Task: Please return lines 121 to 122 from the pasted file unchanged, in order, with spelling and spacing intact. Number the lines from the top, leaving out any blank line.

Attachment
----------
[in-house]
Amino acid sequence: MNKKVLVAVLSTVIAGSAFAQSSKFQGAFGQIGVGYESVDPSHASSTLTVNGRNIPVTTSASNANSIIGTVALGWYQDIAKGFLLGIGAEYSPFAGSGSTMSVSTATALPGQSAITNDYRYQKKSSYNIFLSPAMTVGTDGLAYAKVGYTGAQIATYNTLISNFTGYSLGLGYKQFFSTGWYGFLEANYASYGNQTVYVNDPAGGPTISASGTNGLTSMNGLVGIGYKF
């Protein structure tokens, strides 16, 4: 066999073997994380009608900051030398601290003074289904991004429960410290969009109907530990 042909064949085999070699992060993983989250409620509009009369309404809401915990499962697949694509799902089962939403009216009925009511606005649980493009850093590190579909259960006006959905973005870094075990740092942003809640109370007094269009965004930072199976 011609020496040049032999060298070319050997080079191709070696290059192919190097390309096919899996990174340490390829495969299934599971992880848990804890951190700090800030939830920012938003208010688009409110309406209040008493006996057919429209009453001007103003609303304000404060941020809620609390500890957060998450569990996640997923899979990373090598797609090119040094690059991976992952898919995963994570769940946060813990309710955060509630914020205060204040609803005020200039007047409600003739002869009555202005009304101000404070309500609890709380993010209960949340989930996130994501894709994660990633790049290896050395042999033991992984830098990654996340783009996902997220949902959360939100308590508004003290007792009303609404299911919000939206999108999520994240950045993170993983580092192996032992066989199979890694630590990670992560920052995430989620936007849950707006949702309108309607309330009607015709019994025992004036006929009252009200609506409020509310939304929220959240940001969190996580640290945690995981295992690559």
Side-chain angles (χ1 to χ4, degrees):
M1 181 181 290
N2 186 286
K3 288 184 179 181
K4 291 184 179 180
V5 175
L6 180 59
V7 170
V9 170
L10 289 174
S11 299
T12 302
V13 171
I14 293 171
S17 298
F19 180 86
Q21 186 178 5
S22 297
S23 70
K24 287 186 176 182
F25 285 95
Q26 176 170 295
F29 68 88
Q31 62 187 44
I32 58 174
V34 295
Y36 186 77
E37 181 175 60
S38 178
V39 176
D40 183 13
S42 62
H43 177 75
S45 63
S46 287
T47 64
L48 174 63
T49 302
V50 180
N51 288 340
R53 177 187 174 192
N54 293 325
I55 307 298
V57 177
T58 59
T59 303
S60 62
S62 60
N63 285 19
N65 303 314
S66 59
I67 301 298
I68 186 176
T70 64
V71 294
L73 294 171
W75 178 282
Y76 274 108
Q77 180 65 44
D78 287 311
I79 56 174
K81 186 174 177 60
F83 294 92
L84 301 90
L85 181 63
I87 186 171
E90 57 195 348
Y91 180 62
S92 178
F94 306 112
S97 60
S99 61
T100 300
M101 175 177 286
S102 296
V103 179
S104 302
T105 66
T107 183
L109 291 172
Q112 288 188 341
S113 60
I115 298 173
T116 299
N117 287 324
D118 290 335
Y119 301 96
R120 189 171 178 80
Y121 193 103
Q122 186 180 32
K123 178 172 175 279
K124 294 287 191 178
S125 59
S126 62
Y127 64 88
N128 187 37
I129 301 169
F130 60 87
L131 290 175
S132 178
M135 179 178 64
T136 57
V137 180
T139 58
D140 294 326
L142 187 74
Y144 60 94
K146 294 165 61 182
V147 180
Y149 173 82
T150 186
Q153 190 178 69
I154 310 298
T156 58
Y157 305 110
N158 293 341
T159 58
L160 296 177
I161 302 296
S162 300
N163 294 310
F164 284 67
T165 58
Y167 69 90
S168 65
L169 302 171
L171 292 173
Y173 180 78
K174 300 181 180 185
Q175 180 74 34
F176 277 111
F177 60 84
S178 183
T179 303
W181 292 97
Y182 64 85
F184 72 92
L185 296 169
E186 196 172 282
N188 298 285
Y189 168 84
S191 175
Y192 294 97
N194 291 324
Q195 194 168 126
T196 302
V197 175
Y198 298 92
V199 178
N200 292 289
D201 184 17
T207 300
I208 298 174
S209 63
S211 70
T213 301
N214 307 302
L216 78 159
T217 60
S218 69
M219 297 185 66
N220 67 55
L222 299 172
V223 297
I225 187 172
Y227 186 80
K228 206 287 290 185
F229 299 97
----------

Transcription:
L160 296 177
I161 302 296